# Many nested session verification conditions

Can someone give me advice on cleaning this code? It's more messy then I expected. I got like 10-15 more ifs to be added.

I've thought of adding the error messsages in methods and then just check if method returns true, or false it'd throw error..

    if( isset($_SESSION["access_token"],$_SESSION["user_email"], $_SESSION["username"]) ){ if($GoogleAccess->does_account_exist){
if(!$GoogleAccess->is_g_acc_banned()){ if(!$GoogleAccess->is_ip_banned()){
if(!$GoogleAccess->is_ip_blacklisted($blacklist_ips)){
if($GoogleAccess->is_user_acc_verified()){ header("location: ../member.php"); }else{$error = "Please verify your account";
}
}else{
$error = "This IP's blacklisted."; } }else{$error = "Your IP's been banned";
}

}else{
$error = "This account has been banned"; } }else{ //mean doesn't have account. Register user and send verification to email }  - What is the difference between blacklisted and banned? – Simon Forsberg Jan 16 at 20:23 @SimonForsberg blacklisted is a field in database with list of ip's that are to blacklist. it's basically bunch of ips you want to disallow – sami Jan 16 at 23:00 I thought that was exactly how banned works... – Simon Forsberg Jan 16 at 23:11 ## 2 Answers This is indeed quite messy. It's really hard to see which else ends which if. Just invert the if and return early: if( !isset($_SESSION["access_token"], $_SESSION["user_email"],$_SESSION["username"]) ){
return false; // mean doesn't have account. Register user and send verification to email
}

if(!$GoogleAccess->does_account_exist){ return "This account has been banned"; } if($GoogleAccess->is_g_acc_banned()){
}

...


Alternatively, if you don't have a function, you could also phrase it with if-elses:

if( !isset($_SESSION["access_token"],$_SESSION["user_email"], $_SESSION["username"]) ){ return false; // mean doesn't have account. Register user and send verification to email } else if(!$GoogleAccess->does_account_exist){
$error = "This account has been banned"; } else if ($GoogleAccess->is_g_acc_banned()) {
$error = "Your IP's been banned"; } ...  Personally, I prefer the first approach, as it's a lot more readable. I'm not familiar with google access, but it seems odd that you have to manually check all the access denied reasons. I would expect that you call their API, and it either logs a user in, or returns the reason why that was not possible. Did you check if something like this exists? It would severely simplify your code. - I'm storing user email to manage users later on where i can ban, unban or do other stuff with them. when user logs in next time im checking him against db whether he's previlidges and whatnot – sami Jan 16 at 23:06 You can make the code much more readable, taking advantage of the alternate switch() usage mode: if( isset($_SESSION["access_token"], $_SESSION["user_email"],$_SESSION["username"])) {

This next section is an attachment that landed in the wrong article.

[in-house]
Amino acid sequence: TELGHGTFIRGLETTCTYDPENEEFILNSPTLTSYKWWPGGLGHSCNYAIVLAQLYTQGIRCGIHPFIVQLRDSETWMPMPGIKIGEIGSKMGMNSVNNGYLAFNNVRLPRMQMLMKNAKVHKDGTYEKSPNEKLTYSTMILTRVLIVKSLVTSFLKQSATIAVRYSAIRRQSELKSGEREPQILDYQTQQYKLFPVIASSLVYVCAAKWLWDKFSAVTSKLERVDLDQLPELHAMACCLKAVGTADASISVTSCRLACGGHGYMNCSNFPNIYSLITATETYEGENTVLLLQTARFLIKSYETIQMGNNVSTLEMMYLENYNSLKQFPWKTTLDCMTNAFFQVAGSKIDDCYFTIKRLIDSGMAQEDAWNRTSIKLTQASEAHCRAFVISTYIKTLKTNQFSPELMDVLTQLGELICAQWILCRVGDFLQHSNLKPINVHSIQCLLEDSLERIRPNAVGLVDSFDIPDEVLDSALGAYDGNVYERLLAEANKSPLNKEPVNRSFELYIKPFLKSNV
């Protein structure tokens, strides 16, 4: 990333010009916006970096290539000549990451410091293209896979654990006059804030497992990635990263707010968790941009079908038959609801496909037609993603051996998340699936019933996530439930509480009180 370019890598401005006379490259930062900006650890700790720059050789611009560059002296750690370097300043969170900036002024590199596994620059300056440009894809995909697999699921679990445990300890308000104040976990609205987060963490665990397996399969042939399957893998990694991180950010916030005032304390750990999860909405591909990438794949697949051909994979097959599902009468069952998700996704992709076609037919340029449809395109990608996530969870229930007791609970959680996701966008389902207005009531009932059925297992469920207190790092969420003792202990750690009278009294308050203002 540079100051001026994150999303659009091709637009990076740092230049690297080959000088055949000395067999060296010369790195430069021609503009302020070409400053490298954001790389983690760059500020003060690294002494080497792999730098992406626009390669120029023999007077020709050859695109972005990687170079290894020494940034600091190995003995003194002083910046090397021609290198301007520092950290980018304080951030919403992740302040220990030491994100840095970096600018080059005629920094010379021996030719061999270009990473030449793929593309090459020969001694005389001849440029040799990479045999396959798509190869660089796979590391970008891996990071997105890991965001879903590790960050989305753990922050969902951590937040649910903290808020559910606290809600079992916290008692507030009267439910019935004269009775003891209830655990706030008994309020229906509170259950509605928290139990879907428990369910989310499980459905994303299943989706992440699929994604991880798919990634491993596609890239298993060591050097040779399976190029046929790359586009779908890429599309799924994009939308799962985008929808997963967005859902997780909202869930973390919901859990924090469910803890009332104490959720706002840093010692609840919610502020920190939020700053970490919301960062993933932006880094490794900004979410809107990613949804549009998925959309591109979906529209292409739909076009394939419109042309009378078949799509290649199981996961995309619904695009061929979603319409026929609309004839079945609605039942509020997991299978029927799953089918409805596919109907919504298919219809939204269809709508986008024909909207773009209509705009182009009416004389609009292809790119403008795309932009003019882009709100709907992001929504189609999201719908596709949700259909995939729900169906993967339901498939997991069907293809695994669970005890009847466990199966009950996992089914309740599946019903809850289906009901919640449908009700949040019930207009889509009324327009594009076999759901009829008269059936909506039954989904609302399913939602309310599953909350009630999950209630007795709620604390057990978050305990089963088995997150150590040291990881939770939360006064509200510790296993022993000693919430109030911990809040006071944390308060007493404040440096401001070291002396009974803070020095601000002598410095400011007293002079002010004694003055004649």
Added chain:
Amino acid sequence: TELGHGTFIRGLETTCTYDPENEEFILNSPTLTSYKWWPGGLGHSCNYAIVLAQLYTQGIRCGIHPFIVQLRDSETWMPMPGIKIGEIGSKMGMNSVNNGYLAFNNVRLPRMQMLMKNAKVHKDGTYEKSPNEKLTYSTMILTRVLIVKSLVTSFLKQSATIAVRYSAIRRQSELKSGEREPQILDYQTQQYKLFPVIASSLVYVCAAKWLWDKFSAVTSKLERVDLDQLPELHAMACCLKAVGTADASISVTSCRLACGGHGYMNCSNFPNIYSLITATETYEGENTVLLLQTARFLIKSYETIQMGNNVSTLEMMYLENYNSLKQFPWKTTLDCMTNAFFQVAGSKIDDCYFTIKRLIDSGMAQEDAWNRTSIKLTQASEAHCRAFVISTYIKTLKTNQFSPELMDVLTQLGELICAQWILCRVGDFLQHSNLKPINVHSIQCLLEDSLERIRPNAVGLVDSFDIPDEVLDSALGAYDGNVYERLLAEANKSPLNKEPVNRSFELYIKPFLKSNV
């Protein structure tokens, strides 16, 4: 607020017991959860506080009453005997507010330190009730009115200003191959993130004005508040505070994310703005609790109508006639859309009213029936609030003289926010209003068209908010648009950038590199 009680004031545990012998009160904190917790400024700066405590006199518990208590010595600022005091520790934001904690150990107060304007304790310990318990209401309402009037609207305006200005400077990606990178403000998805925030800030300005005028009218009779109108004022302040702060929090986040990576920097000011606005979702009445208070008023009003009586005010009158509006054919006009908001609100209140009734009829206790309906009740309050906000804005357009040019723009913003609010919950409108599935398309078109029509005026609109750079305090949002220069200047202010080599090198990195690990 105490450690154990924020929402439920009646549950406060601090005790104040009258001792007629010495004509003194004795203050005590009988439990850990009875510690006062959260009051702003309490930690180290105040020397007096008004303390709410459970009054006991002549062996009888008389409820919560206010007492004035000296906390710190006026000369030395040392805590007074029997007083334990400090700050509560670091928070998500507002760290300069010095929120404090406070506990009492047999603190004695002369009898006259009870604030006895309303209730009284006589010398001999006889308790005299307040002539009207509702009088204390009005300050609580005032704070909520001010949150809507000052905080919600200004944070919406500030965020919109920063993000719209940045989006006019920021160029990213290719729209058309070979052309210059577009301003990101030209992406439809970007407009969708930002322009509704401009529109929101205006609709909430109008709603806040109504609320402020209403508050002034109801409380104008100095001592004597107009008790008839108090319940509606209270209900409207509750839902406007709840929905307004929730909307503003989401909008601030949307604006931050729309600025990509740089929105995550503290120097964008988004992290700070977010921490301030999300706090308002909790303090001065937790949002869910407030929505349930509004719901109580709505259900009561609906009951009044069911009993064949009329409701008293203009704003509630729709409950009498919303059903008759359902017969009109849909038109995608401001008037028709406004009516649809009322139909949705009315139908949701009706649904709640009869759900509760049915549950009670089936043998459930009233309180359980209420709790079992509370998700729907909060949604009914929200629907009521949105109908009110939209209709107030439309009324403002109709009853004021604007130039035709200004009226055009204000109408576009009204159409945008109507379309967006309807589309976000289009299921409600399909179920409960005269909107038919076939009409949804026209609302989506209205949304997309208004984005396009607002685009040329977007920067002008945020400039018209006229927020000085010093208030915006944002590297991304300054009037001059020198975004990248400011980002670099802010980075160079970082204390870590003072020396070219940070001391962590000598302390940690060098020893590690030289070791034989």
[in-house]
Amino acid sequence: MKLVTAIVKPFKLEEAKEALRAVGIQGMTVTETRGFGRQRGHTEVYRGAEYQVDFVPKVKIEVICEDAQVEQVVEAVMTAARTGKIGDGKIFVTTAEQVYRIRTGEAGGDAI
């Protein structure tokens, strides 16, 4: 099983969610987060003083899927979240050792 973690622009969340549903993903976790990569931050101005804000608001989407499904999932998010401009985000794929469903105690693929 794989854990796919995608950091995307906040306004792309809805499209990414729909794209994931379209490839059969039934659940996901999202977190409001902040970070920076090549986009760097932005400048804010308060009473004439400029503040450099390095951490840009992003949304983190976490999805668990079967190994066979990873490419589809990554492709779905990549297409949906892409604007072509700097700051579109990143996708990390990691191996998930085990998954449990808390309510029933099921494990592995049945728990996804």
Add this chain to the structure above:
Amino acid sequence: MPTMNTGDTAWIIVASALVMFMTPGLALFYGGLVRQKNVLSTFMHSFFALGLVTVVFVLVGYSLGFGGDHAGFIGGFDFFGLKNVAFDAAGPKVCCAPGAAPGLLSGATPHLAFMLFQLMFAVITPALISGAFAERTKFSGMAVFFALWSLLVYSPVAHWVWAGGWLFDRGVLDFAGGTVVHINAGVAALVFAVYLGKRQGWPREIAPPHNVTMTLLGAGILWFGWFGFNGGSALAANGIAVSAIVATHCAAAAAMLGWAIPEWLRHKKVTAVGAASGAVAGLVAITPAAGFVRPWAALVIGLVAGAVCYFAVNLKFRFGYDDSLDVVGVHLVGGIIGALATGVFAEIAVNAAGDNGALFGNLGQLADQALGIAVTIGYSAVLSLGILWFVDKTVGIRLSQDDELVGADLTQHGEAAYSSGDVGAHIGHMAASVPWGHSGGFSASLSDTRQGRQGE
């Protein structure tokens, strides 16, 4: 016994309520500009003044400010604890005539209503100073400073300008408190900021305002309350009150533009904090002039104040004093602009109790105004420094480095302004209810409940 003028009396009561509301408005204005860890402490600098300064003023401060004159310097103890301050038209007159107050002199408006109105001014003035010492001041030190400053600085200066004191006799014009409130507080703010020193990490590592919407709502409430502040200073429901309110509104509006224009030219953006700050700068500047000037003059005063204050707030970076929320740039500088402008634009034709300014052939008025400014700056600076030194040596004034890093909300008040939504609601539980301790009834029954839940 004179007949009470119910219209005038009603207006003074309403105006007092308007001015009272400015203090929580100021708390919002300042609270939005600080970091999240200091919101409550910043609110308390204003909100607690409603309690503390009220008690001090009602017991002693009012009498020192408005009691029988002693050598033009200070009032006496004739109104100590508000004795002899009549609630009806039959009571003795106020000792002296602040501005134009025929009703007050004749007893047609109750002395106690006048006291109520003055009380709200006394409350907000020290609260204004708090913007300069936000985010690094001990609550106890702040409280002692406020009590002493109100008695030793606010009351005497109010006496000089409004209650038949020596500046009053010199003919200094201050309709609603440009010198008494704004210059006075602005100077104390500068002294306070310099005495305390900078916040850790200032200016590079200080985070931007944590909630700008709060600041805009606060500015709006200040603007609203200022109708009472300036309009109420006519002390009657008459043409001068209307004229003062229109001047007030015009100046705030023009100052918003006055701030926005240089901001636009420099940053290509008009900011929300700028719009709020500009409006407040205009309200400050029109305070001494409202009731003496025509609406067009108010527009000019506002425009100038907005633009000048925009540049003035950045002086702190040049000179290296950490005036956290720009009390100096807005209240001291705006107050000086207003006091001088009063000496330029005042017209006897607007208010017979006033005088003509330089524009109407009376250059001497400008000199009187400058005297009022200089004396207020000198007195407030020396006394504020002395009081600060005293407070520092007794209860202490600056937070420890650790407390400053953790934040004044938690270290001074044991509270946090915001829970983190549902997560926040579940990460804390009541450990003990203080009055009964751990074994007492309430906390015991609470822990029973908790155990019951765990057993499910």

if($GoogleAccess->does_account_exist) { switch(true) { case !$GoogleAccess->is_g_acc_banned():
$error = "This account has been banned"; break; case !$GoogleAccess->is_ip_banned():
$error = "Your IP's been banned"; break; case !$GoogleAccess->is_ip_blacklisted($blacklist_ips):$error = "This IP's blacklisted.";
break;
case !$GoogleAccess->is_user_acc_verified():$error = "Please verify your account";
break;
default:
exit;
}
} else {
//mean doesn't have account. Register user and send verification to email
}
}


Note that I keeped the first inner if() separate, because it tests a clearly different case.
Also note that I added an exit; after header(), which is a recommended practice.

-
Just wondering, could you not use switch(false) and avoid using those negations on each case? – RedLaser Jan 16 at 20:52
@RedLaser Good insight, you're right! I'm (too) used to employ this form with more complex cases, so I automatically initiate with false. – cFreed Jan 16 at 20:56
@RedLaser According to your remark I was to edit my answer, but I suddenly hesitate: while it's technically irreproachable, I feel it less obvious for readability. – cFreed Jan 16 at 20:59
Good point, I just felt that it would be better to reduce operations although it's not going to majorly impact performance so i guess it would be better to optimize for readability. – RedLaser Jan 16 at 21:01
@RedLaser Yes, I feel the same. Your post was the occasion to step back from my current practice to meditate about it, and I actually think that it's probably good to consider it like a kind of ready-made "tool": always begin with switch(true) then put every case: you want, which may be of any complexity. – cFreed Jan 16 at 21:23